Liverpool Irish pay tribute to Martin McGuinness


Last night we organised a short parade around the streets of the Liverpool Irish heartland, to remember Martin McGuinness in our own way. The following is a Statement read out on behalf of the Band & Cairde na hEireann Liverpool: 

‘ Martin McGuinness was born in 1950, in an Ireland forcibly partitioned by British Imperialism. Martin lived his life in the Bogside Estate, Derry, and grew up under the brutal sectarian Apartheid Orange State. This was a State where the Irish nationalist population were denied even basic rights to a vote, jobs and housing. Martin was active from his earliest youth, in the struggle for civil rights, which was brutally suppressed by Unionist police forces, paramilitaries and then directly by the British State. When armed struggle became the only means to defend the people and advance their rights, Martin lead from the front. When the huge sacrifices of IRA Volunteers, Republican activists and their families created the space for the Irish freedom struggle to be advanced by solely peaceful political means, Martin again led from the front.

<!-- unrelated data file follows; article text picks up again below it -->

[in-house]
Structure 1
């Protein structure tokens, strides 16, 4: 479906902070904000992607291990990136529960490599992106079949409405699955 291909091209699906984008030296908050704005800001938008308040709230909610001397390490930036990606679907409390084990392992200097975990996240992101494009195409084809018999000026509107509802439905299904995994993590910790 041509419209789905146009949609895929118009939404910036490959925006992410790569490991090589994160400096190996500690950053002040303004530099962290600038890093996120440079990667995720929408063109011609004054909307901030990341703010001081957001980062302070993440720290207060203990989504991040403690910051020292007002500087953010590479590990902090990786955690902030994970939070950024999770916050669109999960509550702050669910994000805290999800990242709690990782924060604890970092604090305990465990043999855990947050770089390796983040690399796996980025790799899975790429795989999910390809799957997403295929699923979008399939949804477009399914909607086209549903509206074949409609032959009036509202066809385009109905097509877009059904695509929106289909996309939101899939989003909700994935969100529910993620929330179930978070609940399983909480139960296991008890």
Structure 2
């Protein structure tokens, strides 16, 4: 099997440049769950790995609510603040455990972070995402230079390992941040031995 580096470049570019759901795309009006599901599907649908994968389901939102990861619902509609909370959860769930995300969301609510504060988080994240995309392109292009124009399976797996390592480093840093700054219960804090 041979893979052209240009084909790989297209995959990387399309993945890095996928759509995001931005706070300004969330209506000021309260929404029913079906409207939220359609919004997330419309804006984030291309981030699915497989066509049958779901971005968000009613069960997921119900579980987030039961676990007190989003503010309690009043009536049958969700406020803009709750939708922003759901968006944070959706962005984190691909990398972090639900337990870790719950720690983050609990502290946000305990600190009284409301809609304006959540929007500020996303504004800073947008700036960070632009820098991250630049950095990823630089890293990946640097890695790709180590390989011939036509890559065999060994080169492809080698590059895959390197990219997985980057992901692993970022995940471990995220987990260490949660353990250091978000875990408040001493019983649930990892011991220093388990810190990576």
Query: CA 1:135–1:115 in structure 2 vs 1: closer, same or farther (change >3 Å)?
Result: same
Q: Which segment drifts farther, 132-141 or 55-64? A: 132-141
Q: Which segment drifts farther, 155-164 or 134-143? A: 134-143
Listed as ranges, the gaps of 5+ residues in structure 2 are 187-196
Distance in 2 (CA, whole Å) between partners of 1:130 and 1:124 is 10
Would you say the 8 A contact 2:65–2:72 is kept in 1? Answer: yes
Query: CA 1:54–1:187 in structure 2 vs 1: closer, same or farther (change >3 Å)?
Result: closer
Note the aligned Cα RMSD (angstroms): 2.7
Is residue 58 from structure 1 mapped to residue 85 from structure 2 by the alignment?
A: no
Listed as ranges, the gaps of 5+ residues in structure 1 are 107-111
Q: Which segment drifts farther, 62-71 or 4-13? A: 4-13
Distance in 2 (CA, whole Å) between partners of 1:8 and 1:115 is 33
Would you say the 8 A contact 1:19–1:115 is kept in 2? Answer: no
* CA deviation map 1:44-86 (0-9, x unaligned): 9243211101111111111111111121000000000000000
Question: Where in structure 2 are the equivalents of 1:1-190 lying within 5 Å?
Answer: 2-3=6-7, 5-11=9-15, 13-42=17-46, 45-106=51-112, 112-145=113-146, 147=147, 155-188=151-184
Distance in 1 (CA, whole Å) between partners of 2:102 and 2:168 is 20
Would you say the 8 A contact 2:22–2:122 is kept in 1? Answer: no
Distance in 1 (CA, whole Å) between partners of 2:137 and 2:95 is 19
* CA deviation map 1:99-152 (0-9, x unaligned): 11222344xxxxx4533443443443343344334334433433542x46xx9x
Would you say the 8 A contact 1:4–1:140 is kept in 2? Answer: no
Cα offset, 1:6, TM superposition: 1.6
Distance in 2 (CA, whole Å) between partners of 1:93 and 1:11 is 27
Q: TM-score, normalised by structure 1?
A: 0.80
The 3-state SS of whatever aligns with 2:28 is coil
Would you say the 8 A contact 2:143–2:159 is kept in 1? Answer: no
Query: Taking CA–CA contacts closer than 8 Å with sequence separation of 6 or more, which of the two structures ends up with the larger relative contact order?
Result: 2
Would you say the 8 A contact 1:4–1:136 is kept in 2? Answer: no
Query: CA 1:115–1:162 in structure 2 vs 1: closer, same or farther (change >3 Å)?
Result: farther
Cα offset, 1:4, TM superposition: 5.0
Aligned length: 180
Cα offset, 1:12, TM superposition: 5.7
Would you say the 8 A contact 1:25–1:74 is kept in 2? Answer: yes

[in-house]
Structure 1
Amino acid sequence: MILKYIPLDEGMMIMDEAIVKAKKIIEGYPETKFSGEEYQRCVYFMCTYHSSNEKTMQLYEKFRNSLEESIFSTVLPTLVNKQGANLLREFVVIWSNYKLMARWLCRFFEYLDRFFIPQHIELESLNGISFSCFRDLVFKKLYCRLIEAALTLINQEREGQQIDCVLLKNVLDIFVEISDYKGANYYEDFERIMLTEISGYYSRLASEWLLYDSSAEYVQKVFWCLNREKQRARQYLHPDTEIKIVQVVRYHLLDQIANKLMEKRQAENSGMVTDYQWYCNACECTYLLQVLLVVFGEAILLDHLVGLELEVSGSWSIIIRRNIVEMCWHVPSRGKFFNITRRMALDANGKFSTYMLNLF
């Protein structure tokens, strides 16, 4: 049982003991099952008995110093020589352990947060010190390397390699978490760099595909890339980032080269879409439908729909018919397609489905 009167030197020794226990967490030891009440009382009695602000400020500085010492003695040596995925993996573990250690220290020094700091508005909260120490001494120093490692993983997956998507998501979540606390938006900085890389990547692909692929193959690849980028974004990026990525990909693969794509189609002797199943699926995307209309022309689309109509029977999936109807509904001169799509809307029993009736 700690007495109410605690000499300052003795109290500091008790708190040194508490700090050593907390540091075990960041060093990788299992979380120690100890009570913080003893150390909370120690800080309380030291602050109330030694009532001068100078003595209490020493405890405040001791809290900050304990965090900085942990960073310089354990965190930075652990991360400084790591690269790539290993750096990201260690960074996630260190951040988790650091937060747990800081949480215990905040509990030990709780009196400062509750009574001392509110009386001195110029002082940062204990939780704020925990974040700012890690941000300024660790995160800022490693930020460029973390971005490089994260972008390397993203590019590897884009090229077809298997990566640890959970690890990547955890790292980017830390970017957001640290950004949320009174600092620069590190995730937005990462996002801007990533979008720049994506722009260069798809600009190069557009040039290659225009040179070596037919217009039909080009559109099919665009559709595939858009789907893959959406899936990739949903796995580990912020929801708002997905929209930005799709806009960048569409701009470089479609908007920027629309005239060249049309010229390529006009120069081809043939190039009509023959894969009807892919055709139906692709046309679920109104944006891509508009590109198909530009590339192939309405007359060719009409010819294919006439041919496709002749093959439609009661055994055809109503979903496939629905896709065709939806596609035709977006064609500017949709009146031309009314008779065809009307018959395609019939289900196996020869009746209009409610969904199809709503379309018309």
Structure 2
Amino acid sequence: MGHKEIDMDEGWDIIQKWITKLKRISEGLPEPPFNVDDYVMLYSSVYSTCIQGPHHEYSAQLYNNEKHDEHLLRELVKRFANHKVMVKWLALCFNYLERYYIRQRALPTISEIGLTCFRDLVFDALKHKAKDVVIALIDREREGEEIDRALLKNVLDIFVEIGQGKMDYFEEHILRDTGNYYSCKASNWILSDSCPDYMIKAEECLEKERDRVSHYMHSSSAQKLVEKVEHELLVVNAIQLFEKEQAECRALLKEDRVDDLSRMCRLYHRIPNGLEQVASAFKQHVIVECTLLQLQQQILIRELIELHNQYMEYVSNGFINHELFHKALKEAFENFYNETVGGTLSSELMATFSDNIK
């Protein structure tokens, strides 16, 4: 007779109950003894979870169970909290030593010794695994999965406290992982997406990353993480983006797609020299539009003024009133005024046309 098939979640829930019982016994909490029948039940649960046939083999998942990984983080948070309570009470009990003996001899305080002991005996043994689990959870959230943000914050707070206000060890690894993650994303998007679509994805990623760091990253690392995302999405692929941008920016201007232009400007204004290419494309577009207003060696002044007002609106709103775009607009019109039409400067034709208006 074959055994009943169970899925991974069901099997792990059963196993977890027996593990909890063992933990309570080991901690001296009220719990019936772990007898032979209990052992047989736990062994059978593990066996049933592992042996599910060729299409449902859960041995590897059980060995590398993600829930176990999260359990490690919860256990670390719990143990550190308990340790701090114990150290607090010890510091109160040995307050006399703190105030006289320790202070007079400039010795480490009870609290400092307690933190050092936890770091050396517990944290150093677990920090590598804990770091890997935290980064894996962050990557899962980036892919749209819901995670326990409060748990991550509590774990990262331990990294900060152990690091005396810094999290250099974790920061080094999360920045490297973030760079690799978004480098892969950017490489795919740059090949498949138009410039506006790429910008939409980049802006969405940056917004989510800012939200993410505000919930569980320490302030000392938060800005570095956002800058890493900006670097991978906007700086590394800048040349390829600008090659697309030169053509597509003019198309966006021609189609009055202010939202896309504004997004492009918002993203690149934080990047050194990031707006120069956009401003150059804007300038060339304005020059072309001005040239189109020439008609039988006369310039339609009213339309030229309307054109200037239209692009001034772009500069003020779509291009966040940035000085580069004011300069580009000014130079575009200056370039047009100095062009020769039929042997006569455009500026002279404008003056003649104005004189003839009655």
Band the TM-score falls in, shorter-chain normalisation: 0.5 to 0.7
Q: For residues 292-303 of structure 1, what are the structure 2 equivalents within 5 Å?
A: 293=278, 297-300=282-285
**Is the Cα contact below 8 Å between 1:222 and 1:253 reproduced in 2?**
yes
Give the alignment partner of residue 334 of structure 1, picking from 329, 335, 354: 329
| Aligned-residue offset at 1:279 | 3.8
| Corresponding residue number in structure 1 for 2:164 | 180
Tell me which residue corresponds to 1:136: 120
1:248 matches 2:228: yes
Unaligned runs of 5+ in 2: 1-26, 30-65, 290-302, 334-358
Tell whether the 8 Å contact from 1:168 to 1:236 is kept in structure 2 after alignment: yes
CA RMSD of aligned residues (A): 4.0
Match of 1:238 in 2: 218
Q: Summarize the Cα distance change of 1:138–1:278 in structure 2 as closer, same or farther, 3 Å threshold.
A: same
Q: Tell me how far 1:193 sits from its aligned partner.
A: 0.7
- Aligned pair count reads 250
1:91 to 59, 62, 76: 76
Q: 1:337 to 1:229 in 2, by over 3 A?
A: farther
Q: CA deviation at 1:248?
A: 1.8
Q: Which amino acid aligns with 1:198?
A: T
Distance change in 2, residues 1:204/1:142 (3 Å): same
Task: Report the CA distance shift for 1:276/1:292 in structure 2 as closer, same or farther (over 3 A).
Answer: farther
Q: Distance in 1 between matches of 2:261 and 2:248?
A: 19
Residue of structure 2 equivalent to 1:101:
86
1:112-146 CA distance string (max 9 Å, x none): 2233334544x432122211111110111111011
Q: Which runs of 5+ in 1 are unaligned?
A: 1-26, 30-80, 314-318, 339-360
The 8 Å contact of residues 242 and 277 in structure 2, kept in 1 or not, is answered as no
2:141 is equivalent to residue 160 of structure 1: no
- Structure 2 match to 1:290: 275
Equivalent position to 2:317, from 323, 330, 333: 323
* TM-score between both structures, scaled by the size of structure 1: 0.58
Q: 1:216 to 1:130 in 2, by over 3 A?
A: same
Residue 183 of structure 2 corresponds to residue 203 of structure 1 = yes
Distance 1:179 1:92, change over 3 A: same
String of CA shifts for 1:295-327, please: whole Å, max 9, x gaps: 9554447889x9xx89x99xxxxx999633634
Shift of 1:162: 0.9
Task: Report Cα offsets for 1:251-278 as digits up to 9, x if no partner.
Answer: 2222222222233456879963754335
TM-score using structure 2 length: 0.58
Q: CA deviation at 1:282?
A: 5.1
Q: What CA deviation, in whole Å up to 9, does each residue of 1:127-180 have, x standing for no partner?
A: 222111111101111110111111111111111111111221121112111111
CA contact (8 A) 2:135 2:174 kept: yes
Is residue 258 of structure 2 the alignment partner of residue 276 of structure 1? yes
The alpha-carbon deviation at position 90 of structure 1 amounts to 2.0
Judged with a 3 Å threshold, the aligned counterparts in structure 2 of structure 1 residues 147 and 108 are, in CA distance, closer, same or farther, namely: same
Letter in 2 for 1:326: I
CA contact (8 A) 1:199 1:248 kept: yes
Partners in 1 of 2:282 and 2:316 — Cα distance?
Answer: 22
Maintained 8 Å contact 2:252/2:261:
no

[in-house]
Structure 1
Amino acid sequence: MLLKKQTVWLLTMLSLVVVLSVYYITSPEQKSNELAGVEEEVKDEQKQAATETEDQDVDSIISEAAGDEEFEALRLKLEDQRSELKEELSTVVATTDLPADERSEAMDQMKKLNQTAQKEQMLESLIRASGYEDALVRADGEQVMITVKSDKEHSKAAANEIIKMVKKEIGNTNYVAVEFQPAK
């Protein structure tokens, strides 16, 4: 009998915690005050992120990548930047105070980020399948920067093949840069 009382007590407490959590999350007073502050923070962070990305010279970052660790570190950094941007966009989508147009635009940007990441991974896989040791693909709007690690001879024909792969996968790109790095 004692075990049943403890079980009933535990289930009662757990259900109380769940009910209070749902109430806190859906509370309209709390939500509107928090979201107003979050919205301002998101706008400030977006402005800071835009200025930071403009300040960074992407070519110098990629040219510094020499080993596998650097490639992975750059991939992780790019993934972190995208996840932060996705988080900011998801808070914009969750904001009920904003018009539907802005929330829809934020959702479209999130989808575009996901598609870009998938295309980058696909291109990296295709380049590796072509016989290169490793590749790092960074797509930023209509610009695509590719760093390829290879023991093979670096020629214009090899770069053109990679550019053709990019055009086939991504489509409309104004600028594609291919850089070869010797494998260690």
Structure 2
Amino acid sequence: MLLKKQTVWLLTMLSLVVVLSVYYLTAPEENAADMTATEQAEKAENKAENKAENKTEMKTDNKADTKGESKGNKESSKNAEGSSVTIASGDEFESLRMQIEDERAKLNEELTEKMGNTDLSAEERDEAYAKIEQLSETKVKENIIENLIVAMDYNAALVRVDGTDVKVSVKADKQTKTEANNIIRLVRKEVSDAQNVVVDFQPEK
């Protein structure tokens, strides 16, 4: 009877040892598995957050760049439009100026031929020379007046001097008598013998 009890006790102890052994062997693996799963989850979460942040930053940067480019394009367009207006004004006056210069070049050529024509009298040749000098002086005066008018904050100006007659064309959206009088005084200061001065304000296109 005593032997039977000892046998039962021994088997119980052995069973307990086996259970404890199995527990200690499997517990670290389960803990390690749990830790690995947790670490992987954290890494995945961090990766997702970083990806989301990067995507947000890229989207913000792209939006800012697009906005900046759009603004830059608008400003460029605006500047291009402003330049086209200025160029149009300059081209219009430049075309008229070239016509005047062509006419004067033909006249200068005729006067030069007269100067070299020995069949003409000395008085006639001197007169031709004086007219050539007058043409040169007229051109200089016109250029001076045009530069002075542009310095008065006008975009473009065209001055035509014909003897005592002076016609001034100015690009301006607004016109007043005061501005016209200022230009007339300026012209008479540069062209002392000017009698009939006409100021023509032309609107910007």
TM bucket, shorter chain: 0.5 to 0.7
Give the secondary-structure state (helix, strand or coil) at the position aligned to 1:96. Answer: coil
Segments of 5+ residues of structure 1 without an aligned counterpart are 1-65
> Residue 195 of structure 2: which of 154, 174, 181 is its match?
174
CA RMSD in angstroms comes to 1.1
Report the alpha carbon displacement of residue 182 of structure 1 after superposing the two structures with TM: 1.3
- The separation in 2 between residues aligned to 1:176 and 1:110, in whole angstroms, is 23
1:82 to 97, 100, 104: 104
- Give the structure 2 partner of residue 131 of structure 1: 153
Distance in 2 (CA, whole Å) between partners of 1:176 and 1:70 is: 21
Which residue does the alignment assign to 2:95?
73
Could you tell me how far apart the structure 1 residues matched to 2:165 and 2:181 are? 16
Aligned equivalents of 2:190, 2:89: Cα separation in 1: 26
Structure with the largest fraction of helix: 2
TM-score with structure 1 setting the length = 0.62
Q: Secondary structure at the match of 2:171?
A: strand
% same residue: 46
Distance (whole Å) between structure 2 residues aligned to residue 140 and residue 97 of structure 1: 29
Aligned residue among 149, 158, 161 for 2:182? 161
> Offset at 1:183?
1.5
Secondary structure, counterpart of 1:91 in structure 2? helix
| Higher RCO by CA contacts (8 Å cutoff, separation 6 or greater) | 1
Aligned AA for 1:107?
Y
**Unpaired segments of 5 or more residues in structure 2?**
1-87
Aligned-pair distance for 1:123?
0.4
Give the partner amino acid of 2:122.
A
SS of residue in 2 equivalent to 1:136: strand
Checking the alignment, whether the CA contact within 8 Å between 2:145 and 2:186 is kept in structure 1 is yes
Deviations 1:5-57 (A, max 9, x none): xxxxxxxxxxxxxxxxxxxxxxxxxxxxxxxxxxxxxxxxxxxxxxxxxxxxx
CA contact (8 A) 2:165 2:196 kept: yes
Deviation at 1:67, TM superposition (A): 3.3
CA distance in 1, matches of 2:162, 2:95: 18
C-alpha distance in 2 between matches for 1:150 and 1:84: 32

In building a peace process based on equality and respect, Martin took great risks and developed many initiatives around outreach, reconciliation and shared understanding with the Unionist community in the north of Ireland, and in the rejection of bigotry and hate. Martin and his comrades built Sinn Fein as a progressive inclusive political party, which not only broke down the sectarian structures of the old Orange Statelet, but also prioritised the advancement of justice and equality issues for all communities. Martin never lost sight of the ultimate goal of a United Ireland, and his lifetime’s work hugely contributed to bringing us so much closer to that final outcome. Sinn Fein is on the rise across Ireland, and at the last Assembly Elections, it ended the Unionist overall majority at Stormont. The writing is on the wall, Irish Unity is coming.

Martin lived and died as a proud Irish Republican. His last social media comment, on 1st March, just before the Assembly Elections, stated:

‘’This election is about equality and respect for all our people, and integrity in the institutions. Vote Sinn Fein for the politics of hope not fear’’

The best way we can honour Martin’s legacy is to ourselves get involved in the political struggle for Irish freedom and Unity. The only fitting tribute to Martin is to build a United Ireland based on peace, equality and justice, an Irish Republic that in the words of the 1916 Easter Proclamation, ‘’Cherishes all the children of the nation equally.’’ ‘

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